Home Office apologises for lack of consultation on barracks housing for migrants
The Home Office has apologised for a lack of consultation over plans to house migrants at a military barracks in Kent.
About 400 people will be housed at Napier Barracks in Folkestone as the Government struggles to find beds for large numbers of migrants arriving on small boats.
The converted military facility is set to house more people than any other Home Office “initial accommodation site”.
More details about the controversial plans for the Kent barracks emerged at a virtual public meeting on Friday, held in response to concerns from the local community.
Concerns were also raised about “far right influencers” spreading misinformation on social media about the issue.
Nearly 7,000 migrants have crossed the Channel to the UK aboard small boats in 2020, according to analysis by the PA news agency.
Deborah Chittenden, director of borders, immigration and citizenship system for the Home Office, said it was “hugely unfortunate” there had not been better consultation over the plans.
“I accept that the initial engagement was not what we want and I apologise for that, it was genuinely all done at pace.”
Two Ministry of Defence (MoD) sites were offered as part of an “emergency response” to the severe shortage of suitable accommodation.
She added: “At the moment the system has been blocked with Covid.
“There are not very many options available that can be stood up in essentially what was less than two weeks.”
The migrants arriving at Napier Barracks have been staying in hotels in London and Luton, and have already spent the mandatory two weeks in quarantine for people arriving from France.
All those staying at Napier Barracks will be single males, the meeting heard, an update on previous suggestions that families would also be housed there.
Ms Chittenden said: “These asylum seekers are just ordinary people like you and me and they are here seeking protection.
“Many of them have risked their lives to get here, they are not criminals and they are not being detained.”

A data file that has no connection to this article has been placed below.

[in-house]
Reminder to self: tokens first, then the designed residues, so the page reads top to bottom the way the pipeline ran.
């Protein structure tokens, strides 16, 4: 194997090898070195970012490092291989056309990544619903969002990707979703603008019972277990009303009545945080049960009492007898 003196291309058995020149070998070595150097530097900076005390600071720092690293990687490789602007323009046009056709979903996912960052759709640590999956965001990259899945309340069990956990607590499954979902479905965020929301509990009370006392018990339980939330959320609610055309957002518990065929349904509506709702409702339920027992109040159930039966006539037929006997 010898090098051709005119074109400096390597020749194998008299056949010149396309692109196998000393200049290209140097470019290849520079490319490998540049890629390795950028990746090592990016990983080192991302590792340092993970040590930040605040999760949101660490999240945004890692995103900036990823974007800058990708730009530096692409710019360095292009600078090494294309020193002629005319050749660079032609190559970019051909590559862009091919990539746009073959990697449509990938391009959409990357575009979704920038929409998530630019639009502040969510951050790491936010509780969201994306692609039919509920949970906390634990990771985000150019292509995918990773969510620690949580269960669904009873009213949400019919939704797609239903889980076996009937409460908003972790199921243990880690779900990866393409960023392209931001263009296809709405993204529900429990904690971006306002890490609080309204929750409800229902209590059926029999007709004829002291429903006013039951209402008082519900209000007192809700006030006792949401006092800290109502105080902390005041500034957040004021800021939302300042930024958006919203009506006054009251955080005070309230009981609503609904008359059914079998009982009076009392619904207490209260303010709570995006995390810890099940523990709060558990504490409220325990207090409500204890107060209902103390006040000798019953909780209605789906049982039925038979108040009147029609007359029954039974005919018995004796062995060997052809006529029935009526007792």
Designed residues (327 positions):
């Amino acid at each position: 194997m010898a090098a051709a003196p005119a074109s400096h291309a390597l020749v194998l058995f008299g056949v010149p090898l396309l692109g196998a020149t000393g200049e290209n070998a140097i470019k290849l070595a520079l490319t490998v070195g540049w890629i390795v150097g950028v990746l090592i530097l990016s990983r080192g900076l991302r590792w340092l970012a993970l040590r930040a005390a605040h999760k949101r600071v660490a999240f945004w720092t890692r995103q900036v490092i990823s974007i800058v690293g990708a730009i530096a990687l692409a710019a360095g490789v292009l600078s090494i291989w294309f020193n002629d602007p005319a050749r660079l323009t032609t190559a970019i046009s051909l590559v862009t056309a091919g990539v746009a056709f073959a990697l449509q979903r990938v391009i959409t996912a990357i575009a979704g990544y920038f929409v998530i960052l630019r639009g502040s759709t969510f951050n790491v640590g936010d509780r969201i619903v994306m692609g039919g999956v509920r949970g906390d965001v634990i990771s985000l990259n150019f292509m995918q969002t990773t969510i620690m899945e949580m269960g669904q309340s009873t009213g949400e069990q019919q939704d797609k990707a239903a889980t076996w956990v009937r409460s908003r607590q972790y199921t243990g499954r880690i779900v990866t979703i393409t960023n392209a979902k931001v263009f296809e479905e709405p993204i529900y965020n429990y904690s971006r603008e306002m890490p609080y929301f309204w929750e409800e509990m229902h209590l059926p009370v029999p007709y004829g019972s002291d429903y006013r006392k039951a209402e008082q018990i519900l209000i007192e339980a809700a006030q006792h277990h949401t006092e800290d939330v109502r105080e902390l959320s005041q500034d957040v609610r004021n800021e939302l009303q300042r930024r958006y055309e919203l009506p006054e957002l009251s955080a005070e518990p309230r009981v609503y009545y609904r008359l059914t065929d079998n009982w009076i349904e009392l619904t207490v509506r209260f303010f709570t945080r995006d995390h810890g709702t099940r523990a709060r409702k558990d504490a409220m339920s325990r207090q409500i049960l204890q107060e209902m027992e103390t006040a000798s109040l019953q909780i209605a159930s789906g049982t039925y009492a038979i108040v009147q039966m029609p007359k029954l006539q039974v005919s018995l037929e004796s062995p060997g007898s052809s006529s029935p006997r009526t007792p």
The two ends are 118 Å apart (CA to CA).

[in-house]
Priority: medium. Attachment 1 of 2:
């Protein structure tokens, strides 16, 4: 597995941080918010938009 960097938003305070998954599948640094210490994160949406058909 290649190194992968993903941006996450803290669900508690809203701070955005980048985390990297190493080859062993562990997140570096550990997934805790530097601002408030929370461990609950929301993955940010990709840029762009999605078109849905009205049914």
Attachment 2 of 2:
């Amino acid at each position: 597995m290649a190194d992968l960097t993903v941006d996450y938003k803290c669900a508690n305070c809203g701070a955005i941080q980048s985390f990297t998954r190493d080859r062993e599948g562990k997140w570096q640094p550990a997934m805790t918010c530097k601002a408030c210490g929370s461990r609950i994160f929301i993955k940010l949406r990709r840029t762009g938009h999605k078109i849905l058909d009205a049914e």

They will be provided with all meals and toiletries and will have access to leisure and exercise facilities, but will get no cash allowance, the meeting was told.
The bill for running the site, including paying a qualified security team and looking after those living at the barracks, is being met by the Home Office.
Occupants are free to leave the site if they want to but are obliged to be back by 10pm.
About 90 hotels across the country are also being used to house migrants as the Home Office faces a daily challenge to find enough beds, Ms Chittenden told the meeting.
“We have significant numbers of people in hotels at the moment.
“They are not great value for the taxpayer, however we have to use them because they are available accommodation.”
Nick Wilkinson, Prevent and Channel strategic manager for Kent County Council, raised concerns over “far right influencers”.
He told the meeting: “We have all identified this afternoon, and we do understand, that asylum seekers are vulnerable people, and I personally find it continually frustrating to see the derogatory and hateful comments which are placed on social media.
“It’s important for us all to understand that far right influencers from areas outside of Folkestone and our local community are continually attempting to influence the views of you and our local community by placing comments on social media that are clearly prejudicial, biased and contain misinformation.”
Local MP Damian Collins said the situation with Napier Barracks has given him and others “a great deal of cause for concern”.
He said: “I do not support this decision, I don’t think this is a good idea, I don’t want it to happen.
“But if there is nothing we can do about that then I and the council and everyone else have to do everything we can to make a success of it.”
Closing the meeting, David Monk, leader of Folkestone and Hythe District Council, said: “We are a tolerant society, the people of Folkestone are nice people and I am sure it will work out all right in the end.”